On Wed, Oct 19, 2016 at 9:26 AM, Gregory Ewing
<greg.ew...@canterbury.ac.nz> wrote:
> The things being reasoned about -- the actions -- are
> not themselves functions, but that doesn't mean there's
> any cheating going on. Would you say it was cheating
> to perform algebraic manipulations on an expression
> involving numbers or strings? Why should it be any
> different when the things being manipulated represent
> actions that affect the world?

Okay. Let me pick up two of functional programming's favourite idioms,
and you can help me understand how I/O monads fit into them.

1) Lazy evaluation. In an imperative language, you can't say "make me
a list of prime numbers, then take the 73rd element"; but functional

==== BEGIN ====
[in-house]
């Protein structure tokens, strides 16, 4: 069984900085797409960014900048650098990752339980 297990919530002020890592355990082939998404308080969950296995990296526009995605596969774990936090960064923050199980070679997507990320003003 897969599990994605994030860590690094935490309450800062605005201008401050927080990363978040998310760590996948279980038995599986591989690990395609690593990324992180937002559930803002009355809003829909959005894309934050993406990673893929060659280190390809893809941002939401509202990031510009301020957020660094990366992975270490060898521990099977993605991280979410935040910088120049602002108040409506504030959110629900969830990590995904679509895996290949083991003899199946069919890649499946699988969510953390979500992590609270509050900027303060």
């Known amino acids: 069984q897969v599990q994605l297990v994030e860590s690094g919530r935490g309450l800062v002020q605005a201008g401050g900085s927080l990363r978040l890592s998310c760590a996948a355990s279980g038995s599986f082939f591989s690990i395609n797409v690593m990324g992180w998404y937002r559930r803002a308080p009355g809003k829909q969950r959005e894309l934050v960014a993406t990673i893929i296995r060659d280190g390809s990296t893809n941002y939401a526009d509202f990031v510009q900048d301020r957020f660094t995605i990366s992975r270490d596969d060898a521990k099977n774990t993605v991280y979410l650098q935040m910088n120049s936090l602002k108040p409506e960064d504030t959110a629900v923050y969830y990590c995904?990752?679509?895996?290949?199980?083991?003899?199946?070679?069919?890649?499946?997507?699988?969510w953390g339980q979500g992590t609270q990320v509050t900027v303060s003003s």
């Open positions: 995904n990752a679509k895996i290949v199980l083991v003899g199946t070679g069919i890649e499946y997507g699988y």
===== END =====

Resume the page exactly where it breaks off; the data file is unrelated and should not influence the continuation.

languages are perfectly happy to have an infinite-length as an object,
as long as you never actually ask for the last element or anything.

2) Related to the above: Dead code elimination. If the 73rd prime ends
up being multiplied by zero, Haskell is entirely justified in not
calculating it.

Okay. Now let's suppose that, instead of "73" in the first step, you
have "ask the user for an integer". Are you allowed to eliminate this
prompt, since the result of it cannot possibly affect anything? And if
not, why not? After all, eliminating terms that have been multiplied
by zero is one form of algebra. If numbers and strings and I/O monads
are all the same, there's no difference between "length of this
string" (an operation yielding an integer) and "ask the user for an

If you consider that the world changes state as a result of asking the
user for input, then you've just eliminated all notion of functional
purity. You have side effects, plain and simple, and you're using
imperative code. At what point can you deem that the algebra is safe?
At what boundary can any of your code manipulations still be done?


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